Taking responsibility

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Taking responsibility

The Seoul Central District Court ruled yesterday that Internet portals are responsible for news articles posted on their systems and thus need to pay compensation for any damage.
The portals have edited and posted news stories from the media and this is clearly a press activity. However, the portals argued that they do not have the same characteristics as the press or periodicals and thus should be free of the normal accountability of the press.
Last year, the Seoul southern district court ruled that the portals are responsible for checking the truth of news articles. These two decisions show that the courts view the social responsibility of portals in the same way as they do the press. This is a positive sign.
The relentless legal and moral arguments presented by the portals under the guise of the free circulation of information and ideas are overvalued and that judgement is now shared by the courts. The four biggest Internet portals in Korea were the ones ordered to pay compensation.
Three of them started an uproar recently because they did not prevent obscene materials from being posted on their sites. They rake in enormous profits every year and exercise as much influence as the press.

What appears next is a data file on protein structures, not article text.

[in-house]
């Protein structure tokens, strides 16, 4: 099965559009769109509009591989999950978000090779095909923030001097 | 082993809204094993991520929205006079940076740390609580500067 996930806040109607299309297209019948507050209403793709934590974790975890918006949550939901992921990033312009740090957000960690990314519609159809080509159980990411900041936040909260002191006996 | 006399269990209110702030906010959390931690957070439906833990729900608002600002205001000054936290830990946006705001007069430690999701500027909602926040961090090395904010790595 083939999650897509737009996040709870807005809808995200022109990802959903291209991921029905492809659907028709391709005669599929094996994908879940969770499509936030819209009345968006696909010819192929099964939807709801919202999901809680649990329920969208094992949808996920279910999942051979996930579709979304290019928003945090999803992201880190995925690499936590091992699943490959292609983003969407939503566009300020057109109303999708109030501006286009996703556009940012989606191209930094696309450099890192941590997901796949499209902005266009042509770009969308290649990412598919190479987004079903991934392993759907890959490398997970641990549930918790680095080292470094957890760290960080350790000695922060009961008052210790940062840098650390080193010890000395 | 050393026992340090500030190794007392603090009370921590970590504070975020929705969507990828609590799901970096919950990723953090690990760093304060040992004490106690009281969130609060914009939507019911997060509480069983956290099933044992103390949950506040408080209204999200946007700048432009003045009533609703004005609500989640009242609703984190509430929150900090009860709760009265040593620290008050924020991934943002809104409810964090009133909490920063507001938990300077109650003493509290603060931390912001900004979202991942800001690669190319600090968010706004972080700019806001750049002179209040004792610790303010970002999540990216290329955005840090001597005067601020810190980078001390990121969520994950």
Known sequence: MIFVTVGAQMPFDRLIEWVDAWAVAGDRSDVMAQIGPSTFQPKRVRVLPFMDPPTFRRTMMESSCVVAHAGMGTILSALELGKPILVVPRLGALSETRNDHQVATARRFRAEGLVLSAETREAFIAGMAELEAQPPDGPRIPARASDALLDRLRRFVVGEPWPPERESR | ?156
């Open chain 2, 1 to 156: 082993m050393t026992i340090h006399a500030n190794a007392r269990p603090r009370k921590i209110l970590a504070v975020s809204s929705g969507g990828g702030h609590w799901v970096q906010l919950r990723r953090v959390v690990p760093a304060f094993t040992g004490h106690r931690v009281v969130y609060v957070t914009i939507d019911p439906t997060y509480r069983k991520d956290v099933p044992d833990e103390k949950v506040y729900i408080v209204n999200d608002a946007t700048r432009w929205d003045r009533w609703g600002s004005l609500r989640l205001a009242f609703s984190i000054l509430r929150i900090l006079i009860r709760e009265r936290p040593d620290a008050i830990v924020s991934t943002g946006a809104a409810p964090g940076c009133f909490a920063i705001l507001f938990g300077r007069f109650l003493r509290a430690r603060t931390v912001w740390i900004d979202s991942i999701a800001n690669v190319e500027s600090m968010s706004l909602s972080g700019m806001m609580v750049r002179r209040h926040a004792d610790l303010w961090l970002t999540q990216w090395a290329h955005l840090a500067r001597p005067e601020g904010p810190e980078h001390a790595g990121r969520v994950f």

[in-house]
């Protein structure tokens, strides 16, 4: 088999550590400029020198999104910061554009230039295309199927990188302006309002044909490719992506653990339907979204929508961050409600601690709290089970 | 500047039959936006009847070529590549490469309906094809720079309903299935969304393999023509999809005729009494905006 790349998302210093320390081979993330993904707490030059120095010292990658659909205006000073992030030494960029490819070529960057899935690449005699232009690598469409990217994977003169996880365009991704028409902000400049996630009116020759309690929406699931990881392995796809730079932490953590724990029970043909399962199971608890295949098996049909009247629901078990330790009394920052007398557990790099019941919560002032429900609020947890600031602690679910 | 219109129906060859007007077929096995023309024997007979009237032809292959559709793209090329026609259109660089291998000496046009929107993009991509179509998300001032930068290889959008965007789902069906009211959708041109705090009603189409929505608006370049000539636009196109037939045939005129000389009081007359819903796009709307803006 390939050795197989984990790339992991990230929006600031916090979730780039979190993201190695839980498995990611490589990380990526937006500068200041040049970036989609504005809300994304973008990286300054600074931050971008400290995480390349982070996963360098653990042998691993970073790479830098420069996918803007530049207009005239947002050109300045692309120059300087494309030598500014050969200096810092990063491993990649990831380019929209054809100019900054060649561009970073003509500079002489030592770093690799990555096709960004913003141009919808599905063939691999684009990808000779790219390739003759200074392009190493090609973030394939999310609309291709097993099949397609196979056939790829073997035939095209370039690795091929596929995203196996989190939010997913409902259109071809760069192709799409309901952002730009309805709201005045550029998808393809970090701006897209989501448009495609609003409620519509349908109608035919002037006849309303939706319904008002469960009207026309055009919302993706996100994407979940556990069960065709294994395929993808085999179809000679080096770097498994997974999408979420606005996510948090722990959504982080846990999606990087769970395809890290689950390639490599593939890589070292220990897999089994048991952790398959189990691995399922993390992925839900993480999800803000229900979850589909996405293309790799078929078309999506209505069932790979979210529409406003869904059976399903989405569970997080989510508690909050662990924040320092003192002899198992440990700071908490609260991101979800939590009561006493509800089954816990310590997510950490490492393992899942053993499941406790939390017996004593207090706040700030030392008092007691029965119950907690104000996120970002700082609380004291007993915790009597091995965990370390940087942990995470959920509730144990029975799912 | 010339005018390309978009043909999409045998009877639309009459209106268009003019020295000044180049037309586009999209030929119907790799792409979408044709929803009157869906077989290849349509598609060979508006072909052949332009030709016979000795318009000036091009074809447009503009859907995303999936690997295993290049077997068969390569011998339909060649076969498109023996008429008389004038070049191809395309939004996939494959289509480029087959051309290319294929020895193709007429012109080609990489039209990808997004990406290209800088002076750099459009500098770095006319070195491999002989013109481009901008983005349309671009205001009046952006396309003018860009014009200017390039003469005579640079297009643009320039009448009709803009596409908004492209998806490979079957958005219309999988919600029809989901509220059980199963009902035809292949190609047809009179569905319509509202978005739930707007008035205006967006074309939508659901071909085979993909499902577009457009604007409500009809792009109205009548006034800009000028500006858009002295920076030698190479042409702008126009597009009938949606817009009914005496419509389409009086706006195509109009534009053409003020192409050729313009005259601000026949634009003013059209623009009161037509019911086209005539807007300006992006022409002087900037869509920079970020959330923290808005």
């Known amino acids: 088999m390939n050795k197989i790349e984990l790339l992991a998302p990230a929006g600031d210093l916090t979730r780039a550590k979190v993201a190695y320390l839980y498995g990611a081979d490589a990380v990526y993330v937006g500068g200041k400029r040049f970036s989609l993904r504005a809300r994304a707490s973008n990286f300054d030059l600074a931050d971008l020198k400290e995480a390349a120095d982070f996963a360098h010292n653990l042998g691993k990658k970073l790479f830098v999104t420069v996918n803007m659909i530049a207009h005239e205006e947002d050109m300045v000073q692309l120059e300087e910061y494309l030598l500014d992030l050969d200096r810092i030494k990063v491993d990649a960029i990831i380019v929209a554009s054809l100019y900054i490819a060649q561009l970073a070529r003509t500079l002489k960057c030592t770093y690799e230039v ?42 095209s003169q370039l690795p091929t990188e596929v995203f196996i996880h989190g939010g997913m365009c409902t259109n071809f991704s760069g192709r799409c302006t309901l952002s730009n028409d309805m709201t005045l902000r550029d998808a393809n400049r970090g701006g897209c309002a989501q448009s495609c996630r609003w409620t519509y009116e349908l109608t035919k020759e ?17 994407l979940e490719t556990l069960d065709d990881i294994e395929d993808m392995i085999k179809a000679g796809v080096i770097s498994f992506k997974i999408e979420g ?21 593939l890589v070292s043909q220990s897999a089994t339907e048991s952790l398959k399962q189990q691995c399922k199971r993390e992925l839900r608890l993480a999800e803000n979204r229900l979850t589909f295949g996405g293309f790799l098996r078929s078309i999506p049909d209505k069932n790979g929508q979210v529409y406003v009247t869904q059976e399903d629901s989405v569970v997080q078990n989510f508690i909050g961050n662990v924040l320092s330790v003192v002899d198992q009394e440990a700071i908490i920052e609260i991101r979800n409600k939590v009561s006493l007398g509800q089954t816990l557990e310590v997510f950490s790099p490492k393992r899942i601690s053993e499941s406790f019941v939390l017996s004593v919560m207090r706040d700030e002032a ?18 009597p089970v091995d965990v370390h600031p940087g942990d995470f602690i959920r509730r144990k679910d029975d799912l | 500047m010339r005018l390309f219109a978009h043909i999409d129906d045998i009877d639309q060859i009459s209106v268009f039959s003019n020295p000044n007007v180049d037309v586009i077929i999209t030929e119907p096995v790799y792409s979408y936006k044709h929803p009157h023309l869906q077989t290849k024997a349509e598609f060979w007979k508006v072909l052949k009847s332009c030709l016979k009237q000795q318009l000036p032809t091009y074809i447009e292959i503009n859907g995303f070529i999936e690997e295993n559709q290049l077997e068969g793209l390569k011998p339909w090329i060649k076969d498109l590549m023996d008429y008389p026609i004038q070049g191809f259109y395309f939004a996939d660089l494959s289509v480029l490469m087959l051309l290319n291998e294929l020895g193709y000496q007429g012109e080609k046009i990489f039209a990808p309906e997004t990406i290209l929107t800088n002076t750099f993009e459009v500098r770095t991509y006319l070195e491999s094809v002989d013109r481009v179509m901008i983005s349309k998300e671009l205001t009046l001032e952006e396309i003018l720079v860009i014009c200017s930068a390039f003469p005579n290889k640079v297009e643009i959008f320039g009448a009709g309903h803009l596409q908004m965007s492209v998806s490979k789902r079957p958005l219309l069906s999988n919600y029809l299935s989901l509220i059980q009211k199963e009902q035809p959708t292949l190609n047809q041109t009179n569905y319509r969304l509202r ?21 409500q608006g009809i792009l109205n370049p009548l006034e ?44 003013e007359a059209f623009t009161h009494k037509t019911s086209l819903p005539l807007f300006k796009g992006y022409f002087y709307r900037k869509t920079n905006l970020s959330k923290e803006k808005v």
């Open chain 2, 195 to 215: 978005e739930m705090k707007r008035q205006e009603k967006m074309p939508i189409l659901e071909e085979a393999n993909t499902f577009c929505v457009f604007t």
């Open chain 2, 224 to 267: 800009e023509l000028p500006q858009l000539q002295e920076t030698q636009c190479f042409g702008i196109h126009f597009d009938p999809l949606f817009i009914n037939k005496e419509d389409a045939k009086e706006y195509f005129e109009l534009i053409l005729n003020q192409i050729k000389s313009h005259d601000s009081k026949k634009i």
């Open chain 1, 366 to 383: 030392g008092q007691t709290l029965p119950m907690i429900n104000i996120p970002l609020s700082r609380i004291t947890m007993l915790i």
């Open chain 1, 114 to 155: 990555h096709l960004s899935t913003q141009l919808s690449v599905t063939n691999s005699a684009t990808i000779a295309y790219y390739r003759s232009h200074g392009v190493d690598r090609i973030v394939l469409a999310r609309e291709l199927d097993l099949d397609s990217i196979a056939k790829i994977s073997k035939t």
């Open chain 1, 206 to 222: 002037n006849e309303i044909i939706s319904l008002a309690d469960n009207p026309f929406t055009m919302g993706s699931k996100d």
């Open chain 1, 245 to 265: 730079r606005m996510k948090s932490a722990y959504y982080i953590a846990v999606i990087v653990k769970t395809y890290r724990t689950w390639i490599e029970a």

It is pointless for them to try and avoid their duty. The portals have enjoyed an oligopoly and have expanded their business to include entertainment, games, shopping and user created content.
They have been criticized for invading the territories of smaller companies. The search methods available at the portals, which only benefit the site and their sponsors, are another problem. They have also limited the exposure of news articles that showed them in a disadvantageous light. This is a manipulation of public opinion.
We cannot let the portals operate without supervision. This is the time for the National Assembly to propose legislation that makes portals accept social responsibility according to their influence.
The current information, telecommunication and electronic communication laws are not enough. The newspaper or the press arbitration laws should be strengthened or new laws should be established in the assembly.
For obscene or defamatory materials, those who posted them and the portals where they are viewed must be held responsible. The portals may worry about freedom of speech, but taking responsibility in proportion to their freedoms and profits could produce an upgrade of Korea’s Internet culture.
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